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Gay Patriot Discharges Continue Even as DADT’s End Draws Near

by Kilian Melloy
Wednesday Jun 29, 2011
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Discharges of gay and lesbian patriots in uniform are ongoing, even as the anticipated end of the anti-gay law from 1993, "Don’t Ask, Don’t Tell" (DADT), draws near. The end of the law, which Congress voted to repeal last December, is expected to take place at some point in mid-summer. Until then, however, gay and lesbian troops must still hide the truth about their personal identities, lest they be discharged under the law.

DADT says that gays may serve in uniform only as long as they do not disclose their true sexuality. But over the course of the law’s long tenure, servicemembers who did not disclose their sexuality have also been forced out when others turned them in -- sometimes after snooping through personal property such as letters.

A June 27 Advocate.com article said that the Pentagon admitted gay and lesbian troops were still being discharged.

"A total of four airmen have been discharged under the policy in the last several weeks, Pentagon spokeswoman Eileen Lainez confirmed Monday," the Advocate.com article said.

According to the spokesperson, the four servicemembers had self-identified as gay or lesbian and asked to be discharged.

But a June 27 statement from Servicemembers Legal Defense Network (SLDN) said that at least two others were headed for discharge unwillingly.

"Unfortunately, SLDN has a client right now who was recently recommended for discharge at a board hearing, and his paperwork is headed to the Navy Secretary," said the group’s director, Aubrey Sarvis. "He made no statement, and he wants to continue serving.

"We have another client who is having a board hearing later this week, and if this senior enlisted person is recommended for discharge, her paperwork will likely be before the Navy Secretary in short order," Sarvis added. "She, too, wishes to continue serving.

A June 28 Associated Press article reported that several Air Force servicemembers had asked to be discharged under the provisions of DADT, and had requested that the process be pursued "expeditiously," in order to avoid missing the window as DADT’s anticipated repeal draws closer.

The anti-gay law will not be set aside until the President, the Chairman of the Joint Chiefs of Staff, and the Defense Secretary all certify that the United States Armed Forces is ready for full integration. DADT will officially end 60 days after that certification.

Thus far, preparations for the repeal of DADT has progressed to the point that over half of those serving in the Armed Forces have received the relevant training. The AP article noted that the Pentagon surveyed military personnel last year and found that the majority -- two thirds -- anticipated few if any problems to arise as the law is retired. Opposition was more pronounced among Marines and combat teams.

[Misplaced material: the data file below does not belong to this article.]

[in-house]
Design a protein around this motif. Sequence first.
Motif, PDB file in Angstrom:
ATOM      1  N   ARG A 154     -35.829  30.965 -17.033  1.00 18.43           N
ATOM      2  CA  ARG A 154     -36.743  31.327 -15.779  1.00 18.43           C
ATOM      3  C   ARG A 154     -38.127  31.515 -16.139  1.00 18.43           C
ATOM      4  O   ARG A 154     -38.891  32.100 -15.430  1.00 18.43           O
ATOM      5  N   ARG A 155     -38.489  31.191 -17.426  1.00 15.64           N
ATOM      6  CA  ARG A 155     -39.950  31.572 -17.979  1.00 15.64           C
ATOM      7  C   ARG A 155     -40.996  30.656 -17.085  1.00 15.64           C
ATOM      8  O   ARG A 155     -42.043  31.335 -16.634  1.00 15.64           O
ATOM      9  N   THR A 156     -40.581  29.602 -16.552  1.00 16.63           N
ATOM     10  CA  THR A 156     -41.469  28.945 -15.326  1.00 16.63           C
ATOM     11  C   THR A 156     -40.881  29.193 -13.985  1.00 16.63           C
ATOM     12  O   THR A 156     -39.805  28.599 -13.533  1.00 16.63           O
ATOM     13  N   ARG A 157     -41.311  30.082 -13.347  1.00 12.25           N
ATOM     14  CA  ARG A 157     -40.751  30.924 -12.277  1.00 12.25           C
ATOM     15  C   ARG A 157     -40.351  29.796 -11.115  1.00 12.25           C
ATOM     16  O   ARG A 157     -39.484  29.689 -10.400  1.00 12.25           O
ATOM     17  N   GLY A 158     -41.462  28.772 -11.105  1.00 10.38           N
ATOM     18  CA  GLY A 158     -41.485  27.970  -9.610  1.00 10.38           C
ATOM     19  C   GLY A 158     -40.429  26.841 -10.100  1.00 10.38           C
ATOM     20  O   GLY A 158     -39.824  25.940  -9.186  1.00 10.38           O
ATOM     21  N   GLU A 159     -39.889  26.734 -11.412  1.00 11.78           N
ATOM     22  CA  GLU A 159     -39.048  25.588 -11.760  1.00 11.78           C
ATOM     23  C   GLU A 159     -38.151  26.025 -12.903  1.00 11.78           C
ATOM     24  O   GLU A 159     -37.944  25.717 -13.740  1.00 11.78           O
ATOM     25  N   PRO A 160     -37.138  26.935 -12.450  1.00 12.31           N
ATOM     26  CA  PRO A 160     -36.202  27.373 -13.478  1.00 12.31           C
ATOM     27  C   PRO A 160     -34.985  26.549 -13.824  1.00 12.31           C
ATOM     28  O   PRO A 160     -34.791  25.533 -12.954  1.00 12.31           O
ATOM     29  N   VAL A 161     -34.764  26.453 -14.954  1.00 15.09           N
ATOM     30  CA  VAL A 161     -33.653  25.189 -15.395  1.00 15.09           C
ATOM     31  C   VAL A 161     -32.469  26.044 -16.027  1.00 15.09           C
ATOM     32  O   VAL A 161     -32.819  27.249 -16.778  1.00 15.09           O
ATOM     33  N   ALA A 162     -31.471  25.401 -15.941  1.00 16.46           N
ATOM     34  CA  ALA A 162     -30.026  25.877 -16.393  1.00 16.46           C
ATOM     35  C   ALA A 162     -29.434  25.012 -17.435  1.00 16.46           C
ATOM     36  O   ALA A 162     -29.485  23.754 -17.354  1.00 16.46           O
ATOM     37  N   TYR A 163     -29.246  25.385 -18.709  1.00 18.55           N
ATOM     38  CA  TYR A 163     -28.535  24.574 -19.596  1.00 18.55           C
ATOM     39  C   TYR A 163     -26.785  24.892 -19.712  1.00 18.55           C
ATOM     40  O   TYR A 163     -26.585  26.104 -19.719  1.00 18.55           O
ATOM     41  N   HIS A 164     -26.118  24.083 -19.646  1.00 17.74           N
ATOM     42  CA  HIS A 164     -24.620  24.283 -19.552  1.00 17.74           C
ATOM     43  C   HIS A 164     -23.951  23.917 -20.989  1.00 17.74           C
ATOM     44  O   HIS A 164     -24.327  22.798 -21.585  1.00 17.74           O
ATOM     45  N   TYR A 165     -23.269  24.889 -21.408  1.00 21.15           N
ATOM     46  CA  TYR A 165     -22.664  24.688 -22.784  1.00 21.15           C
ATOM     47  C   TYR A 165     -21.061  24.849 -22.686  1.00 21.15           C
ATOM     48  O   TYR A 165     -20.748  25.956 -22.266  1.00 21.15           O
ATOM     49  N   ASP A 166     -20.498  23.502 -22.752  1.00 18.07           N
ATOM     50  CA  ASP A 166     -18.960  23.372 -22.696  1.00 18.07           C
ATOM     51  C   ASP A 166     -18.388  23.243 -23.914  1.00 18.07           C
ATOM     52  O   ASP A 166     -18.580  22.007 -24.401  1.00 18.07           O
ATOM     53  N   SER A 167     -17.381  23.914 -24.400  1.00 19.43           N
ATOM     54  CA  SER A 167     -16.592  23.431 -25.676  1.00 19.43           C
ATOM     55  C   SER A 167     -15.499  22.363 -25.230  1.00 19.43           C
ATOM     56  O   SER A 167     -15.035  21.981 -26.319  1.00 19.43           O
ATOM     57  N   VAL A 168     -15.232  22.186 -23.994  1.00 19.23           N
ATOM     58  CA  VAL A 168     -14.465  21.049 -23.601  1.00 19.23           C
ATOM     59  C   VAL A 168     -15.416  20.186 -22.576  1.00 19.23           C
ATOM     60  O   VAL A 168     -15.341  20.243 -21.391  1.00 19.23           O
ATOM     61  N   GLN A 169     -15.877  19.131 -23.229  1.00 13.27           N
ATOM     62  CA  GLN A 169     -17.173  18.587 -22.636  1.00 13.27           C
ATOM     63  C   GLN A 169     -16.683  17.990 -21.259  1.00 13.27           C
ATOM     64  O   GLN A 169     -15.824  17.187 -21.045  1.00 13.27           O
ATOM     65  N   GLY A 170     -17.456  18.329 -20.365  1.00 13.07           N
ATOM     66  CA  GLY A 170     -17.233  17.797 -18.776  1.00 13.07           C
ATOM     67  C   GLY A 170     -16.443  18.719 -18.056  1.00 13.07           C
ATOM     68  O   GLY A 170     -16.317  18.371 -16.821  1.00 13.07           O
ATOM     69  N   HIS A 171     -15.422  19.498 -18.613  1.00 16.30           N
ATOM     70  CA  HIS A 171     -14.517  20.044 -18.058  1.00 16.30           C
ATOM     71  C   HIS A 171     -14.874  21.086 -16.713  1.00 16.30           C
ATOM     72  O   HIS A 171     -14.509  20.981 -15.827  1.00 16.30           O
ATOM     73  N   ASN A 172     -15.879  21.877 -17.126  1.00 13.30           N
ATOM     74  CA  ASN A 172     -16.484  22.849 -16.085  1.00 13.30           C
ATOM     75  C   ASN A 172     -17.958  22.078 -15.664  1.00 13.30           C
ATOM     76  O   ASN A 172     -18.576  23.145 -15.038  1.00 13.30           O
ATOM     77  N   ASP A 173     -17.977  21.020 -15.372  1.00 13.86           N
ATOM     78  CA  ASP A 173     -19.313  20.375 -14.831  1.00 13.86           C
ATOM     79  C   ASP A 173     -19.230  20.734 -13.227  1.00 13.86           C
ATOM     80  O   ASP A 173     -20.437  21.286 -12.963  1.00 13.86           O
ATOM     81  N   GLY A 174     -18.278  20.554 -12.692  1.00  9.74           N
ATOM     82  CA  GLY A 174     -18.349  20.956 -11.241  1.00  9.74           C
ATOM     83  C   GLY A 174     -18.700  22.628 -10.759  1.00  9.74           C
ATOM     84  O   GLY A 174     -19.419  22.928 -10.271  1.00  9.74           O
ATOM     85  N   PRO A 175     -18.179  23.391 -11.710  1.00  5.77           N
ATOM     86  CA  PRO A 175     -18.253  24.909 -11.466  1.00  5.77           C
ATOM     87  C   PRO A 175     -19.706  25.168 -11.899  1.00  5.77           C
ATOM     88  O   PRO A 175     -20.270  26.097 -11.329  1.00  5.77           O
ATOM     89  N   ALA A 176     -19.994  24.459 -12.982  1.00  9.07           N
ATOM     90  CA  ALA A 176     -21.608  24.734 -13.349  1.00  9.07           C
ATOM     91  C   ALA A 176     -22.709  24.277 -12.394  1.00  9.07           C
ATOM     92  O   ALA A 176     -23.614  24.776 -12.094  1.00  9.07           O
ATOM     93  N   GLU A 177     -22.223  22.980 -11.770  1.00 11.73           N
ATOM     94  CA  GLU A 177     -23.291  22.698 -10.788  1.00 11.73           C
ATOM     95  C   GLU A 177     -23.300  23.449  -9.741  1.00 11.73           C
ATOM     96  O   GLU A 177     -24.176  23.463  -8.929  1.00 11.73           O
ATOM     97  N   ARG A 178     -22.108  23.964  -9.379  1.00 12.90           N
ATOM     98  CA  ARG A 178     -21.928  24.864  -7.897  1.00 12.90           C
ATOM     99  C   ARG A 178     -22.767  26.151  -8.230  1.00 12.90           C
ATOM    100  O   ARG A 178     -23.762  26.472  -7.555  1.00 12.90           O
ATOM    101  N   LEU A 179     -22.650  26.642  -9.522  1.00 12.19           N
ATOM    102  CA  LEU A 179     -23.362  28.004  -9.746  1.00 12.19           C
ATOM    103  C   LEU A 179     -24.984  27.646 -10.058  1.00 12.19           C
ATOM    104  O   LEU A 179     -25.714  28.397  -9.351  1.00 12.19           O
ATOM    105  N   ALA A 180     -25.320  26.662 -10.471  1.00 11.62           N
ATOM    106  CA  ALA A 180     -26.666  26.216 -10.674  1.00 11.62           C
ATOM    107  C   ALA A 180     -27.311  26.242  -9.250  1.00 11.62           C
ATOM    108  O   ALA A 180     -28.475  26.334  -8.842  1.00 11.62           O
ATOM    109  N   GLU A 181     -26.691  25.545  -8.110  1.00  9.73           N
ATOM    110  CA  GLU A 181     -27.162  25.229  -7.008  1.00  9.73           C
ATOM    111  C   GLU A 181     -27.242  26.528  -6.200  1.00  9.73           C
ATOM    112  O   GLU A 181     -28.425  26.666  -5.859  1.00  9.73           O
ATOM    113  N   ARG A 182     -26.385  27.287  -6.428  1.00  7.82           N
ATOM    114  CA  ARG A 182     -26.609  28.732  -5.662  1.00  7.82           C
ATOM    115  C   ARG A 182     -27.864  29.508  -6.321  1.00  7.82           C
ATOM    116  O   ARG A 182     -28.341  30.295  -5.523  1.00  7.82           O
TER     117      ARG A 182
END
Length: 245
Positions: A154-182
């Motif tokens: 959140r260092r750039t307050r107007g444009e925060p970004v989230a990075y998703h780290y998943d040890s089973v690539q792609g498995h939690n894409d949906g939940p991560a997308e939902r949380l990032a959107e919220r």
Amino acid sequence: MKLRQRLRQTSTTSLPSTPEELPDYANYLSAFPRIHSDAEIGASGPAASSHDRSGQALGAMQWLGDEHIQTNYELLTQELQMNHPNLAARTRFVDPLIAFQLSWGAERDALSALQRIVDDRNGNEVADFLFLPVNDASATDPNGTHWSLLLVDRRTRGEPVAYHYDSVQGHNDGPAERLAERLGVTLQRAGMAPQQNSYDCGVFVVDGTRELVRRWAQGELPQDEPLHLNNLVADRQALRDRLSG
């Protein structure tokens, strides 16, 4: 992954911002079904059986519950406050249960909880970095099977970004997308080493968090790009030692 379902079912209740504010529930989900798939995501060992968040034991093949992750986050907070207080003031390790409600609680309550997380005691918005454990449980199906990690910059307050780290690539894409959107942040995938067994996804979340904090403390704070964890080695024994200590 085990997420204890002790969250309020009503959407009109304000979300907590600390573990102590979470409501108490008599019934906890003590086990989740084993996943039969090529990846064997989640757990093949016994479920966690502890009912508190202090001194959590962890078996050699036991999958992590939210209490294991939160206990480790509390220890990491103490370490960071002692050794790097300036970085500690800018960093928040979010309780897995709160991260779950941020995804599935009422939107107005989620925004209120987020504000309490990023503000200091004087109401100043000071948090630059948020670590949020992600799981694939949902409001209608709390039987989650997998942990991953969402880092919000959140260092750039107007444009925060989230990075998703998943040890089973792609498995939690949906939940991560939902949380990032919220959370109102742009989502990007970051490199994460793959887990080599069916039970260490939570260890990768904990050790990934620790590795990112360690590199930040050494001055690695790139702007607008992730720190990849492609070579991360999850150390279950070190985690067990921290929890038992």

But real life experience so far has shown little sign of any disruption in military discipline or readiness as the repeal training continues. Moreover, the United States is the last among its Western Allies to drop a ban on military service by open gays and lesbians, and the history of such bans being set aside in other countries shows little in the way of negative results.

"According to the Air Force, during the past month two female staff sergeants and a male 2nd lieutenant made statements identifying themselves as gay and asked to be separated quickly from the service," the AP article said.

"Air Force Secretary Michael Donley approved the discharges of the two women, and accepted the resignation of the airman who requested separation from the service," added the article.

"In a statement issued Monday, Alexander Nicholson, executive director of Servicemembers United, said it is shocking to see incidents of people ’trying to force the Pentagon to let them out of the service obligation’ because the law is still on the books," the article continued.

Sarvis made a point of emphasizing that his organization seeks to help gay and lesbian patriots who would rather stay in uniform and serve their country.

"Let me be clear," Sarvis said. "At SLDN, we have scores of clients who have been advised they are under DADT investigations. Some of these clients have between 10 and 15 years of honorable service, few made voluntary statements, and none to my knowledge has asked to be ’separated expeditiously.’ For these service members, especially, certification and final repeal cannot come soon enough."

Added Sarvis, "The continued stress of investigations and the risk of separation under DADT are real and very much imminent."

Underscoring the willingness of gay and lesbian patriots to serve was this statistic from the press release: "Last year the organization received its 10,000th call for assistance to its legal hotline."

Kilian Melloy serves as EDGE Media Network's Assistant Arts Editor, writing about film, theater, food and drink, and travel, as well as contributing a column. His professional memberships include the National Lesbian & Gay Journalists Association, the Boston Online Film Critics Association, and the Boston Theater Critics Association's Elliot Norton Awards Committee.

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